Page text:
The agency is conducting a study which has three phases: Phase 1, launched in July 2009, involves the design and launch of a Web-based questionnaire to assess patient-reported outcomes and evaluate quality-of-life issues after the laser-assisted eye surgery. Phase 2 will examine quality of life and satisfaction among patients treated at the Navy Refractive Surgery Center, and phase 3 will be a national, multi-center clinical trial to study quality of life after Lasik among the general population.
READ MORE LASIK LEGAL NEWSThe Associated Press reported the FDA will work with National Eye Institute and the Department of Defense on the project. "This study will enhance our understanding of the risks of Lasik and could lead to a reduction in patients who experience adverse effects from the procedure," Dr. Jeffrey Shuren, acting director of the FDA's Center for Devices and Radiological Health, said in an agency news release.
According to the AP, more than six million people have undergone the Lasik procedure in the country, yet relatively little is known about its safety long-term.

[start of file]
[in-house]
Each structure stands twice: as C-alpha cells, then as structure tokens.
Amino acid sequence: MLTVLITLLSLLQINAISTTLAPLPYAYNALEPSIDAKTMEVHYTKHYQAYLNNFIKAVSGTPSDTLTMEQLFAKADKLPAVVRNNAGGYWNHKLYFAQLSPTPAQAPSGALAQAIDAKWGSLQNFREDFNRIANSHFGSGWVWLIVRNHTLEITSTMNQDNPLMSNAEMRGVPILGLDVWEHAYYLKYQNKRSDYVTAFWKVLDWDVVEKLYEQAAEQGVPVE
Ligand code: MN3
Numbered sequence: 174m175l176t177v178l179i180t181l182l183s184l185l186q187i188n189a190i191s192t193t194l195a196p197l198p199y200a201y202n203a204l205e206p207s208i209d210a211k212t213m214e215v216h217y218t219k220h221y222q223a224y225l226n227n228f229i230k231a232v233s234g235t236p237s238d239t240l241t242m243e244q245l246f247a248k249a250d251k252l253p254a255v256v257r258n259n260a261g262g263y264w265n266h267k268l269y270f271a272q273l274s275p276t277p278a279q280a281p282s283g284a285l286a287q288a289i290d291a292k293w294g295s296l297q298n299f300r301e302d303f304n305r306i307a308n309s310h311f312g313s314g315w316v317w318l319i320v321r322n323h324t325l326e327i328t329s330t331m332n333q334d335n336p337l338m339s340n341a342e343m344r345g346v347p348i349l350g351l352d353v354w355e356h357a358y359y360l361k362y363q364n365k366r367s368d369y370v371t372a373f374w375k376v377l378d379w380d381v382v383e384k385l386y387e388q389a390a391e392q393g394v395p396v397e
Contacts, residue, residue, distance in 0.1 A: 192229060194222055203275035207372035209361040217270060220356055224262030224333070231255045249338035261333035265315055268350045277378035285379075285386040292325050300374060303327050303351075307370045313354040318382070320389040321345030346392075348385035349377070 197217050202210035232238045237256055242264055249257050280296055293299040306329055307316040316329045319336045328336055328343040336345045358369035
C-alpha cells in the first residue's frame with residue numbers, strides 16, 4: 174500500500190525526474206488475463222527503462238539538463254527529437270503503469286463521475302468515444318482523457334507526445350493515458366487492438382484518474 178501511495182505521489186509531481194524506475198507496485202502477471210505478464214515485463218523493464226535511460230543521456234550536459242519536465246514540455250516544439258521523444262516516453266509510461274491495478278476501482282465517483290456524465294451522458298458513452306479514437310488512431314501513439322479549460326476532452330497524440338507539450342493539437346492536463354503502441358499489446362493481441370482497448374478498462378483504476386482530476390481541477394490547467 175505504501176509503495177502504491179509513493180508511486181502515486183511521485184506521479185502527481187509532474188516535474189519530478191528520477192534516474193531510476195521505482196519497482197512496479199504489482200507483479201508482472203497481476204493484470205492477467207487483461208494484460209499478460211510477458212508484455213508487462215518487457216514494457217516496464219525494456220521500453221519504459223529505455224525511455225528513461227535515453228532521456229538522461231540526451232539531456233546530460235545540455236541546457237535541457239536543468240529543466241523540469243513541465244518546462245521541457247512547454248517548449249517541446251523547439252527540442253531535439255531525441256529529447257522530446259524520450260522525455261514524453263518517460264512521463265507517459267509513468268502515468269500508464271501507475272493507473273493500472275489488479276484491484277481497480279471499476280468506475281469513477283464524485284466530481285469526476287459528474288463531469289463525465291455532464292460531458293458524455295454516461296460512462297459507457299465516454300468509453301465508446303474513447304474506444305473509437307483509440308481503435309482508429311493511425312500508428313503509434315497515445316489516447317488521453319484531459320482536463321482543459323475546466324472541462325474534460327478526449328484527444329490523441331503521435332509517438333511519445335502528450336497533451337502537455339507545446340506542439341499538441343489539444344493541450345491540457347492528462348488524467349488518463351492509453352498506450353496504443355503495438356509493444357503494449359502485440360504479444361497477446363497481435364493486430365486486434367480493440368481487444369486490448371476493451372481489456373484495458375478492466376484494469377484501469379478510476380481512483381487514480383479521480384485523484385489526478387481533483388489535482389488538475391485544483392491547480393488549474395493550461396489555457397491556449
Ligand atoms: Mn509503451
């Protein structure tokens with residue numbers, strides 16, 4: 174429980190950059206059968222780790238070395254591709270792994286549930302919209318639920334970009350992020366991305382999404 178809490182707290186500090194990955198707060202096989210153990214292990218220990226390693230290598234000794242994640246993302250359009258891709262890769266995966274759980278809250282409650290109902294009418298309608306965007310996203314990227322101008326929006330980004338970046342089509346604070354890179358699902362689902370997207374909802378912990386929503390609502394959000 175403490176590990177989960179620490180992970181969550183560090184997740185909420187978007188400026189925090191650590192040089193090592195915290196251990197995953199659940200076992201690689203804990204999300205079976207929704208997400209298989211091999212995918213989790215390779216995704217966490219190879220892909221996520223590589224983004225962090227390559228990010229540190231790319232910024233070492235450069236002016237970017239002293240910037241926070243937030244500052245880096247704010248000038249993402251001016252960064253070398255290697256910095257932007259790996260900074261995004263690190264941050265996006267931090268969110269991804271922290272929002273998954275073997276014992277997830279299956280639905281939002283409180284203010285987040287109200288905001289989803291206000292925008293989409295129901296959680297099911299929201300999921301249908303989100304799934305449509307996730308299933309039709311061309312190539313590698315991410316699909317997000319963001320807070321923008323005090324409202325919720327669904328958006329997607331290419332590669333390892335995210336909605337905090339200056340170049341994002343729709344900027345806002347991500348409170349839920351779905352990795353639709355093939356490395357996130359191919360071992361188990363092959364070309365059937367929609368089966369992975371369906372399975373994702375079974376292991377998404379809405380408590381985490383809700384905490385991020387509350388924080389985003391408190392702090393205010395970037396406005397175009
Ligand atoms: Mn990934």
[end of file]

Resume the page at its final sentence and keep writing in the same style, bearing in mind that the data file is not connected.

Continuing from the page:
In 2007 Lasik recalled all 6000 LADARVision lasers worldwide after patients experienced an unusually high percentage of serious complications. An excimer laser reshapes the cornea of the eye during Lasik and changes refractive error with the intended purpose of reducing the patient's need for glasses or contact lenses. In May 2006, US Lasik clinics reported patients developing central islands after surgery. Central islands are areas of the cornea that do not receive the required amount of laser energy, creating elevated spots on the cornea.